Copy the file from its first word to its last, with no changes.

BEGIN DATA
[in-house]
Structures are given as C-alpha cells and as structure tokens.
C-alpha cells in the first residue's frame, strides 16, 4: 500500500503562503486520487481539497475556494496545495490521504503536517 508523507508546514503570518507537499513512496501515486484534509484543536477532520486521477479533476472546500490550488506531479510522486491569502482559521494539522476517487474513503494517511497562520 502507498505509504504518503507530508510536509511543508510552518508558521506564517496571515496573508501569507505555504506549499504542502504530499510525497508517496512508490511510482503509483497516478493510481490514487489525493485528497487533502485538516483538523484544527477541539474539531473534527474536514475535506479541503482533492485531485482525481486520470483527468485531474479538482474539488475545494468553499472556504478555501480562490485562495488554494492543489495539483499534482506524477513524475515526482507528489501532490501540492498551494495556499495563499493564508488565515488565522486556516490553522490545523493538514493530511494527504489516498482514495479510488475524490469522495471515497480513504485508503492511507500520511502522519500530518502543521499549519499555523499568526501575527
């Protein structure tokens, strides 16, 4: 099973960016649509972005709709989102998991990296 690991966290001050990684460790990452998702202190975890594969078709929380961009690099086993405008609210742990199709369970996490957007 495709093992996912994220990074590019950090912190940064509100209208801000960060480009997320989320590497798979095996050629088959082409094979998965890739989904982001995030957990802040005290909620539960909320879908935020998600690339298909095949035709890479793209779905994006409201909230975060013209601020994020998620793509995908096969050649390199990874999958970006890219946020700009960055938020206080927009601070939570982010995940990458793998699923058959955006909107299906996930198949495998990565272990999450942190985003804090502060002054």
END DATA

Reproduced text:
[in-house]
Structures are given as C-alpha cells and as structure tokens.
C-alpha cells in the first residue's frame, strides 16, 4: 500500500503562503486520487481539497475556494496545495490521504503536517 508523507508546514503570518507537499513512496501515486484534509484543536477532520486521477479533476472546500490550488506531479510522486491569502482559521494539522476517487474513503494517511497562520 502507498505509504504518503507530508510536509511543508510552518508558521506564517496571515496573508501569507505555504506549499504542502504530499510525497508517496512508490511510482503509483497516478493510481490514487489525493485528497487533502485538516483538523484544527477541539474539531473534527474536514475535506479541503482533492485531485482525481486520470483527468485531474479538482474539488475545494468553499472556504478555501480562490485562495488554494492543489495539483499534482506524477513524475515526482507528489501532490501540492498551494495556499495563499493564508488565515488565522486556516490553522490545523493538514493530511494527504489516498482514495479510488475524490469522495471515497480513504485508503492511507500520511502522519500530518502543521499549519499555523499568526501575527
């Protein structure tokens, strides 16, 4: 099973960016649509972005709709989102998991990296 690991966290001050990684460790990452998702202190975890594969078709929380961009690099086993405008609210742990199709369970996490957007 495709093992996912994220990074590019950090912190940064509100209208801000960060480009997320989320590497798979095996050629088959082409094979998965890739989904982001995030957990802040005290909620539960909320879908935020998600690339298909095949035709890479793209779905994006409201909230975060013209601020994020998620793509995908096969050649390199990874999958970006890219946020700009960055938020206080927009601070939570982010995940990458793998699923058959955006909107299906996930198949495998990565272990999450942190985003804090502060002054």